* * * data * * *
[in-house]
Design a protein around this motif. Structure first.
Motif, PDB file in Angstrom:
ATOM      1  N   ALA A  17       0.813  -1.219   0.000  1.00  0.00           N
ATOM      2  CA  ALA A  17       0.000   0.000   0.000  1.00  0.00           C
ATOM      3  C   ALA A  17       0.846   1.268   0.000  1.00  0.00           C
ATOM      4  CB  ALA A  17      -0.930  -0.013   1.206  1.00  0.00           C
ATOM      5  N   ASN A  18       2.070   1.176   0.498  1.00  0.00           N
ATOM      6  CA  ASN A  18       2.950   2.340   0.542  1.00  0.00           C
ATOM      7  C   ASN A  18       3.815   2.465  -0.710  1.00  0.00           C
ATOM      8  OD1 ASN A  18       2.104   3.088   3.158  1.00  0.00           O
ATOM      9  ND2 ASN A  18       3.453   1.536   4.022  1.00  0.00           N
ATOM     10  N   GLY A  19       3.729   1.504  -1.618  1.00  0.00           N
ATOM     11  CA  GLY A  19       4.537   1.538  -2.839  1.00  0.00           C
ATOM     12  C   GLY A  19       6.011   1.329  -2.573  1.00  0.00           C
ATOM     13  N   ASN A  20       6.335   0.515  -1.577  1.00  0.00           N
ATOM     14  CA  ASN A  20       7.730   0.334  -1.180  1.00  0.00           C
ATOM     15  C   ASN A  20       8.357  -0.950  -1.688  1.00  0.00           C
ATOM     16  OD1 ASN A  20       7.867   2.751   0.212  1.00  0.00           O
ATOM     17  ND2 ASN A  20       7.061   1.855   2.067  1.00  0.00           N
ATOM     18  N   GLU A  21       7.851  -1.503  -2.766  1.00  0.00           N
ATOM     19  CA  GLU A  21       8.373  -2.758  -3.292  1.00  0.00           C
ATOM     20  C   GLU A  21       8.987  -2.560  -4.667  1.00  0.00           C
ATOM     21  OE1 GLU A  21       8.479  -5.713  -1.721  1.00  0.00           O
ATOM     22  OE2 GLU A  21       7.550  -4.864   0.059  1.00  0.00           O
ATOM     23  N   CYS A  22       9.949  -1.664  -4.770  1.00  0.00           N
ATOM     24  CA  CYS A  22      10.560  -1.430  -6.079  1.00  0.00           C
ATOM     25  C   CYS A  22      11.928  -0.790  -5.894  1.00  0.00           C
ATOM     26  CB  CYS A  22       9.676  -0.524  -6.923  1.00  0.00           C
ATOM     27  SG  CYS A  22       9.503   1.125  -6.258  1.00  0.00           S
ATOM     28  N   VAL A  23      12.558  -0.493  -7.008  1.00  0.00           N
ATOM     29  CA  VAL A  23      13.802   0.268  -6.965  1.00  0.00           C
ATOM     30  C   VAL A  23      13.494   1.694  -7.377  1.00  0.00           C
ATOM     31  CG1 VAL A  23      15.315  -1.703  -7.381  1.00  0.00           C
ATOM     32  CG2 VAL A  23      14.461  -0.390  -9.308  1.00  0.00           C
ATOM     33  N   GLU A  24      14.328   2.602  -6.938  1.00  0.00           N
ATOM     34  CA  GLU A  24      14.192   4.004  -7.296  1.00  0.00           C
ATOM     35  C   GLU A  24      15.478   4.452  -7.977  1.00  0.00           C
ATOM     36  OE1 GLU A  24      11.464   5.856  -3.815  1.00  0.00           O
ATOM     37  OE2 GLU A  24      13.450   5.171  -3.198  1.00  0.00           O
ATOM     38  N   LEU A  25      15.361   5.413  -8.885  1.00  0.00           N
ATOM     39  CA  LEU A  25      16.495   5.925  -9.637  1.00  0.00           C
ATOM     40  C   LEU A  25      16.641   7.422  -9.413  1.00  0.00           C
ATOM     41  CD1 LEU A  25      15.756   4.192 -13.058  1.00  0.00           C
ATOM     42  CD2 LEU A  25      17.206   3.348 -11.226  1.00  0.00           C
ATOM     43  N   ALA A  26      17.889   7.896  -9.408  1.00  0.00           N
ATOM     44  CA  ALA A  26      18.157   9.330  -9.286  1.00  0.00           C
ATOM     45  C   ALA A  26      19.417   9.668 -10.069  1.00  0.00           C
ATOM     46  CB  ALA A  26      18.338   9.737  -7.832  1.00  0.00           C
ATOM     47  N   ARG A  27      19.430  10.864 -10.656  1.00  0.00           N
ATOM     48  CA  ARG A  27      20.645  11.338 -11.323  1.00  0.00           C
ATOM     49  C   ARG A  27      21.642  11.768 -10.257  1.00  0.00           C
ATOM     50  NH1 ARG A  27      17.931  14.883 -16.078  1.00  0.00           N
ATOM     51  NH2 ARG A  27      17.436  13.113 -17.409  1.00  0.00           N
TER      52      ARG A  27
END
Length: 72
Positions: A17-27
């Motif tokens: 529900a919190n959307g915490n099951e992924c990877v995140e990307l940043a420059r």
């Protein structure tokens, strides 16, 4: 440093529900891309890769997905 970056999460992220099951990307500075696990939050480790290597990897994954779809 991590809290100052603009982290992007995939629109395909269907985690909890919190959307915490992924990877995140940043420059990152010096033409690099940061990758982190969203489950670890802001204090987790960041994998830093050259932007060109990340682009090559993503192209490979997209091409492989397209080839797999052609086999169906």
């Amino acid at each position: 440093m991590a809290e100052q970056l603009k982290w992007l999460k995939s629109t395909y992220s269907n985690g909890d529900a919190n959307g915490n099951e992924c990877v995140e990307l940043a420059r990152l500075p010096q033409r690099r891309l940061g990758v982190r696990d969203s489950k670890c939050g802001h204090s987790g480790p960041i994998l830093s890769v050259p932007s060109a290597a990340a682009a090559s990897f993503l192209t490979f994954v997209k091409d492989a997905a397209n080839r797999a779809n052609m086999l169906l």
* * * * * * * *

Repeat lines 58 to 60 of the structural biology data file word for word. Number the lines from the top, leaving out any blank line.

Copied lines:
Positions: A17-27
């Motif tokens: 529900a919190n959307g915490n099951e992924c990877v995140e990307l940043a420059r």
């Protein structure tokens, strides 16, 4: 440093529900891309890769997905 970056999460992220099951990307500075696990939050480790290597990897994954779809 991590809290100052603009982290992007995939629109395909269907985690909890919190959307915490992924990877995140940043420059990152010096033409690099940061990758982190969203489950670890802001204090987790960041994998830093050259932007060109990340682009090559993503192209490979997209091409492989397209080839797999052609086999169906």